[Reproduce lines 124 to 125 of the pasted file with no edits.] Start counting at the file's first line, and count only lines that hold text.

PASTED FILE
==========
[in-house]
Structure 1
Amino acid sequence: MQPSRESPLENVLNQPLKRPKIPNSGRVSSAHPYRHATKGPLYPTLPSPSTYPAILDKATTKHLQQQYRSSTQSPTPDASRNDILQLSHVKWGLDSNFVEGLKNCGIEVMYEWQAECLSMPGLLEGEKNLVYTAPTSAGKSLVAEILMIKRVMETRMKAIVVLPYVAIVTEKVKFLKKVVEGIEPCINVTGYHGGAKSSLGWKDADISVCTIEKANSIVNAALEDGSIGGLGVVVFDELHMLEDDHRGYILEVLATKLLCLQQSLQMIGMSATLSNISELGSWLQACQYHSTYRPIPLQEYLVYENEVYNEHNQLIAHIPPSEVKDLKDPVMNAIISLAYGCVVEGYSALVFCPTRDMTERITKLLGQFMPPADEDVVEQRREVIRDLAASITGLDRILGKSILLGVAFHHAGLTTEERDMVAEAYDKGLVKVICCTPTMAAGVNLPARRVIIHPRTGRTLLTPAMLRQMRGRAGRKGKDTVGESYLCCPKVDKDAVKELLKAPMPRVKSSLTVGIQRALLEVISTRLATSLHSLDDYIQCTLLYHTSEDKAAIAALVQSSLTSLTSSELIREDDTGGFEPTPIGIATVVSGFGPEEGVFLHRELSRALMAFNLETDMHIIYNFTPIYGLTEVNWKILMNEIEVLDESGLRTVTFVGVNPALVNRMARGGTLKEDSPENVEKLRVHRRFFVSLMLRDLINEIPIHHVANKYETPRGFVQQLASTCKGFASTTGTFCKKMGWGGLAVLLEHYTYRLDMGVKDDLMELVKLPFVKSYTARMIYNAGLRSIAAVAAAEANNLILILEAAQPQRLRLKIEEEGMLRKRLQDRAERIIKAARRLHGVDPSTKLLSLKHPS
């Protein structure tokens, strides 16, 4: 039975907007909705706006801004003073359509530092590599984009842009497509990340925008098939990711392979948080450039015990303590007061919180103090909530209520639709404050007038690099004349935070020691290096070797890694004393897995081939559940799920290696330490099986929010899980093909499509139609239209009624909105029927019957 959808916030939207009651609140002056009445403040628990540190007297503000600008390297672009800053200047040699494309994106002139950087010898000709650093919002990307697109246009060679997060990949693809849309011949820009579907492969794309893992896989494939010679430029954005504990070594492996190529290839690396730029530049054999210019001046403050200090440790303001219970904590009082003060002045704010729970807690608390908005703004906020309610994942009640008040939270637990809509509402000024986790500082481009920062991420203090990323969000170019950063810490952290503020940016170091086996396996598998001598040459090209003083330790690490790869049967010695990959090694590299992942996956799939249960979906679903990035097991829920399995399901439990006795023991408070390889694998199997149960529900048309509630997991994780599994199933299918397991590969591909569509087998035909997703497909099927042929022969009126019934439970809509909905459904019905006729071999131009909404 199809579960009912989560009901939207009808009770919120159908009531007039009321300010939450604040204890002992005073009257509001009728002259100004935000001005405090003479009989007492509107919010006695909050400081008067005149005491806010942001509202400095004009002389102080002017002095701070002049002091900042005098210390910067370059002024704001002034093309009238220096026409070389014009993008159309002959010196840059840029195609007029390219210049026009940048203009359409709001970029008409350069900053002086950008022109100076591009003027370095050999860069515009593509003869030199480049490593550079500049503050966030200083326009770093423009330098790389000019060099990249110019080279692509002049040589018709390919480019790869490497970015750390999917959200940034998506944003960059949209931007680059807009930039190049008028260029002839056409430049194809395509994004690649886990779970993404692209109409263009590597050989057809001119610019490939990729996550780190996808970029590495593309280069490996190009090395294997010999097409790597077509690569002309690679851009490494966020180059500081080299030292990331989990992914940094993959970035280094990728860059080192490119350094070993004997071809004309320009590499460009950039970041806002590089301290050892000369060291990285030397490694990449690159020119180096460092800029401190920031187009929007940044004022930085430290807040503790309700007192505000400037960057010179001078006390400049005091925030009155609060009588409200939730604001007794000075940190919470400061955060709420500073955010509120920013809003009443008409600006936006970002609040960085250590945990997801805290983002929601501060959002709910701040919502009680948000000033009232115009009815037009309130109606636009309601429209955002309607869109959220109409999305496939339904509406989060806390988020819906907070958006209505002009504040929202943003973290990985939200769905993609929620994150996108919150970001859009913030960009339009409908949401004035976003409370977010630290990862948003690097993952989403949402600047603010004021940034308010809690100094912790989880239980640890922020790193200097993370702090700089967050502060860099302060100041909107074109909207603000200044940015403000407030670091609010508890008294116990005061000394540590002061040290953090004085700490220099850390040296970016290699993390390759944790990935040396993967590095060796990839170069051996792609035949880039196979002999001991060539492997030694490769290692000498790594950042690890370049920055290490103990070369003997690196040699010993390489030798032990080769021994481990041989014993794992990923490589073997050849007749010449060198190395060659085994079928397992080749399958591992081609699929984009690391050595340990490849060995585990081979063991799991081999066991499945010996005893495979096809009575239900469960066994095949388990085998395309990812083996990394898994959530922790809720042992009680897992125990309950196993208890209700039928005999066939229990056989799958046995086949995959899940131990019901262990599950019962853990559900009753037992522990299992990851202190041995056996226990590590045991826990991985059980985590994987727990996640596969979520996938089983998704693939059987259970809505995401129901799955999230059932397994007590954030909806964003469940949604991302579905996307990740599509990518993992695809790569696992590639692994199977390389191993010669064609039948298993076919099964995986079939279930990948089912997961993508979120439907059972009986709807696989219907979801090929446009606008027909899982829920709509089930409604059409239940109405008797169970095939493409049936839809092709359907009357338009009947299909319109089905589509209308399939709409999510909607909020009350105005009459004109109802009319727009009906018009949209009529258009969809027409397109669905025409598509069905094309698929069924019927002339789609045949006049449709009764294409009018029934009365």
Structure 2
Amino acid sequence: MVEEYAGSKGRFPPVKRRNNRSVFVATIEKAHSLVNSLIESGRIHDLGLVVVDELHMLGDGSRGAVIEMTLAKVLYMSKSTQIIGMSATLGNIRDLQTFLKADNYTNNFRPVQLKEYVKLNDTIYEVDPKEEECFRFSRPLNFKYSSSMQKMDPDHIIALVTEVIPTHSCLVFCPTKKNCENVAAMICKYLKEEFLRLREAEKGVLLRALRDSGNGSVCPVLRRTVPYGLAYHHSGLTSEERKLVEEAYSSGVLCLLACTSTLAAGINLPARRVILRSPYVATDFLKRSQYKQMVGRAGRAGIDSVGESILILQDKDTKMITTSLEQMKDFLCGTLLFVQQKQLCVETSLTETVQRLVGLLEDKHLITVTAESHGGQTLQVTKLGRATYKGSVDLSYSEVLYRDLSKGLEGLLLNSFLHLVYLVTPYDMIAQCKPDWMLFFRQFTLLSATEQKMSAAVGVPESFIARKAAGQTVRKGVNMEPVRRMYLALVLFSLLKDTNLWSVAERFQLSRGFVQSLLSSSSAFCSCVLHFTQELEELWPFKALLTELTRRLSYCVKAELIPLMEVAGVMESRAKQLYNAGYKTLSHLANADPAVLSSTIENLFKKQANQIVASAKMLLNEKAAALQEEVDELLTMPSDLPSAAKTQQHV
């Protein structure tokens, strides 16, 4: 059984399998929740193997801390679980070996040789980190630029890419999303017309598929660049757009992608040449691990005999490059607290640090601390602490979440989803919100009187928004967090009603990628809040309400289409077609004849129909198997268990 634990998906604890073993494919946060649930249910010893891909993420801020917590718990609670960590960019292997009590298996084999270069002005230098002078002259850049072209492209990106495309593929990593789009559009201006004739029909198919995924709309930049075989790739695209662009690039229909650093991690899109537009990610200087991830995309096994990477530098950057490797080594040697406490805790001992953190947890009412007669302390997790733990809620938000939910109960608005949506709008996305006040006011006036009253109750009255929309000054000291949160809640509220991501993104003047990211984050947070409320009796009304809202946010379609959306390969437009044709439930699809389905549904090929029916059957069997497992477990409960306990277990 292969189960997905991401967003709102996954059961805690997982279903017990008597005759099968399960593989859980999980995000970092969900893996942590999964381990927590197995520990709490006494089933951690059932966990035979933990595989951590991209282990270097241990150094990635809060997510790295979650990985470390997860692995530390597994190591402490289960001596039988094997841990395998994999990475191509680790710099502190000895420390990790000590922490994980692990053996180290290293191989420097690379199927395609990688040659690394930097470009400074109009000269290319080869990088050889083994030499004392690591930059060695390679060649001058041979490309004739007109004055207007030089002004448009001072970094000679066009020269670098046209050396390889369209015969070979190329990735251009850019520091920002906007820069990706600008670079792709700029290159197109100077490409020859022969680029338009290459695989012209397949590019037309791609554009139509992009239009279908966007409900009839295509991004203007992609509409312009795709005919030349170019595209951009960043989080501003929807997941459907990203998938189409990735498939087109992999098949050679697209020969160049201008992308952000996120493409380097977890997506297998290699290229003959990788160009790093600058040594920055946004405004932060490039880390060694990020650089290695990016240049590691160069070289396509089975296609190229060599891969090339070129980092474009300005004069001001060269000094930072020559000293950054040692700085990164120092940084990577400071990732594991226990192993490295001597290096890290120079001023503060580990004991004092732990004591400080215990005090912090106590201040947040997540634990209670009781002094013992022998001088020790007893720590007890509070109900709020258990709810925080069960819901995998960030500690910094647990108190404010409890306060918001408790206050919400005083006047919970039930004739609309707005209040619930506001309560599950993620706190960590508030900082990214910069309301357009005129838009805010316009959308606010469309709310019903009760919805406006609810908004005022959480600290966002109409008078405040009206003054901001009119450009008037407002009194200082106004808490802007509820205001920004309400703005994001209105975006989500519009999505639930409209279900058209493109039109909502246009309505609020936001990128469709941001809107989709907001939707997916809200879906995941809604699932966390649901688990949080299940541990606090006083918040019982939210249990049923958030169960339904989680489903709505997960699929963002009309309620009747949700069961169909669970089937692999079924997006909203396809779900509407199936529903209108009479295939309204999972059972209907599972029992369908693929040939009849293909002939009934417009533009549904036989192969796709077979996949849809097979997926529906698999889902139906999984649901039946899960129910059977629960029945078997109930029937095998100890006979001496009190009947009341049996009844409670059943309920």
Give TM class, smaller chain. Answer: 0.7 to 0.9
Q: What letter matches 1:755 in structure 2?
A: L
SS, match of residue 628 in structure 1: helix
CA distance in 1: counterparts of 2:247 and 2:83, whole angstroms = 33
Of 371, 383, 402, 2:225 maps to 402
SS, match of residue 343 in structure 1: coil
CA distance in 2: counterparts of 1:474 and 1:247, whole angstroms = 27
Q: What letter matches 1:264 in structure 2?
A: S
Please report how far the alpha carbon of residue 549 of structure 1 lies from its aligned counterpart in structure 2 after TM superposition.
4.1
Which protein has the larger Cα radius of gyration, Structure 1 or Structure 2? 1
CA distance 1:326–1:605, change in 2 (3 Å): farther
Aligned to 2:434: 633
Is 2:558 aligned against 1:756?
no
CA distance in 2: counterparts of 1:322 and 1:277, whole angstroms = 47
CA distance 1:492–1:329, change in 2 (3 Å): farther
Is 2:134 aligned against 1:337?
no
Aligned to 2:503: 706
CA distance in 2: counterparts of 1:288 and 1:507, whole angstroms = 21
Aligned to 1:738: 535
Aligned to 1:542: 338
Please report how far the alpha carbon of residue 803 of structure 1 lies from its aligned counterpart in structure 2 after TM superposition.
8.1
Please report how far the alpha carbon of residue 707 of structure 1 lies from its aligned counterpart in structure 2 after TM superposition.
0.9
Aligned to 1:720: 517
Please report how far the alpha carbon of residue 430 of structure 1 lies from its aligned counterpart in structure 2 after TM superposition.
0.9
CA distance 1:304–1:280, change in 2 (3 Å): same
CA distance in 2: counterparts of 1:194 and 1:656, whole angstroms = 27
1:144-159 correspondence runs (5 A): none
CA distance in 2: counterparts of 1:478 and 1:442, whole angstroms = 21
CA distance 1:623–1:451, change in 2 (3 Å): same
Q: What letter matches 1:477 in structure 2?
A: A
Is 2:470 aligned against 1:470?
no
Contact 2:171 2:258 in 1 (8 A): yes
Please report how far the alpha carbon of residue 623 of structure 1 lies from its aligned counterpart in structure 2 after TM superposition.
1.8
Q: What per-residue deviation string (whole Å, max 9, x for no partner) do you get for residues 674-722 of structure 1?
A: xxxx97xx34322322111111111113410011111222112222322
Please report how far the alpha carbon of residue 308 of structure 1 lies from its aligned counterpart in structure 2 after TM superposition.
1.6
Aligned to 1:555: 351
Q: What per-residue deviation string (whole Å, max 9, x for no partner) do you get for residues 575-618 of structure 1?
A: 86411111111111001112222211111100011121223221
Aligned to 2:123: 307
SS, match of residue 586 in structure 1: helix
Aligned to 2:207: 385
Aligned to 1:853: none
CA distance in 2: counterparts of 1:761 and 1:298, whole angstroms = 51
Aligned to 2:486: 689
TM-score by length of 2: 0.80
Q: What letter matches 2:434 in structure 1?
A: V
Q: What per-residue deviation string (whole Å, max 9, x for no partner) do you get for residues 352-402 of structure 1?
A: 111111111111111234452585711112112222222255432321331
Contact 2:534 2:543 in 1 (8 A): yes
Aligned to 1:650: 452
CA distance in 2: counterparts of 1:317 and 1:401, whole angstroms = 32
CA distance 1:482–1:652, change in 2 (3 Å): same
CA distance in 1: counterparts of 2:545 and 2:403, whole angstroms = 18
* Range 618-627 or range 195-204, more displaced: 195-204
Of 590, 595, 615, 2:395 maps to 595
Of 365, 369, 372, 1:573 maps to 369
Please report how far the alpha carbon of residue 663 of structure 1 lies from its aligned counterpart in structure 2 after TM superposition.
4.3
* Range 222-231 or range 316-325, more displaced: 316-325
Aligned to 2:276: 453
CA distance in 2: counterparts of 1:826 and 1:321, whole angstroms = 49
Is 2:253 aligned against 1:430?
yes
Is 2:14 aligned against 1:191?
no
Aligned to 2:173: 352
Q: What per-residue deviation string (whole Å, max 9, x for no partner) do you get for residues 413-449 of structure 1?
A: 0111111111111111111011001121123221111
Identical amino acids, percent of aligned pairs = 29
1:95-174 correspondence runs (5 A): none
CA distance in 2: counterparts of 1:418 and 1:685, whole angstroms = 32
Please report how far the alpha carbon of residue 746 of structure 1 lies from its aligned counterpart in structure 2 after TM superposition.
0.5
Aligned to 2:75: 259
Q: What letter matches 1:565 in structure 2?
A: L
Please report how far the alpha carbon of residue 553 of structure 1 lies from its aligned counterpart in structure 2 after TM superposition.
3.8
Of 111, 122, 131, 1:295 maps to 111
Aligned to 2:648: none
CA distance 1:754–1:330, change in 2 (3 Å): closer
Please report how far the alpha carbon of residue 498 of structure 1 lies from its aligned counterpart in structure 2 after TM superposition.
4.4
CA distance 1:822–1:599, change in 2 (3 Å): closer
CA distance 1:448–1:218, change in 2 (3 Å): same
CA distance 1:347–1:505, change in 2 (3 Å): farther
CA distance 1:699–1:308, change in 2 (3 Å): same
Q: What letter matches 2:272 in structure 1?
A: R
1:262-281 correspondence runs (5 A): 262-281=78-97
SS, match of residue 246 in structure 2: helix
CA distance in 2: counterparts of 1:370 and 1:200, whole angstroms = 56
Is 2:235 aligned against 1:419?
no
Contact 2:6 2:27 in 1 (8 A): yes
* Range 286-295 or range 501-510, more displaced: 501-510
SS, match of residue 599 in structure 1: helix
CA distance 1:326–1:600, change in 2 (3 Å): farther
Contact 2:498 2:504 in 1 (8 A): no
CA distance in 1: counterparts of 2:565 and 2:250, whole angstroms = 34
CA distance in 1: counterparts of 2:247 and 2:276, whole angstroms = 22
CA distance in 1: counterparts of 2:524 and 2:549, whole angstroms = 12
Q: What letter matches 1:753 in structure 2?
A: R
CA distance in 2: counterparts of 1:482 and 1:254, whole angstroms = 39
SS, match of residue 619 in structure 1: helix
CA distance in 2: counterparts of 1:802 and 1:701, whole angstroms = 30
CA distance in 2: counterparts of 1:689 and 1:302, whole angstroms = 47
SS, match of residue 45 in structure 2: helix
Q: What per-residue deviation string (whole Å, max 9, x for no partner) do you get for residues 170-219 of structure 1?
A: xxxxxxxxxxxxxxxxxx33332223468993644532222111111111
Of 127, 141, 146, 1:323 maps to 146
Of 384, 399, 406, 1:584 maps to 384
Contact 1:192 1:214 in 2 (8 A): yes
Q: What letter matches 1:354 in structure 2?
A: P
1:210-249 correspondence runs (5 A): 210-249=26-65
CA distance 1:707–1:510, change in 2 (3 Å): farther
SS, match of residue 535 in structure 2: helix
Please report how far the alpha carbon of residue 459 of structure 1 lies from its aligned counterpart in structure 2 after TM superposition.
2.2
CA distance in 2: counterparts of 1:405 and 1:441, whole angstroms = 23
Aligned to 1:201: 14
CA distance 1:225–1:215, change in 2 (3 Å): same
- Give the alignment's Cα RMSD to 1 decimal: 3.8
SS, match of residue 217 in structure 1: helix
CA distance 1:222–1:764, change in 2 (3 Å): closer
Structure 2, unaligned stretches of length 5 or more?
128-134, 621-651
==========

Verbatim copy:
Q: What letter matches 1:753 in structure 2?
A: R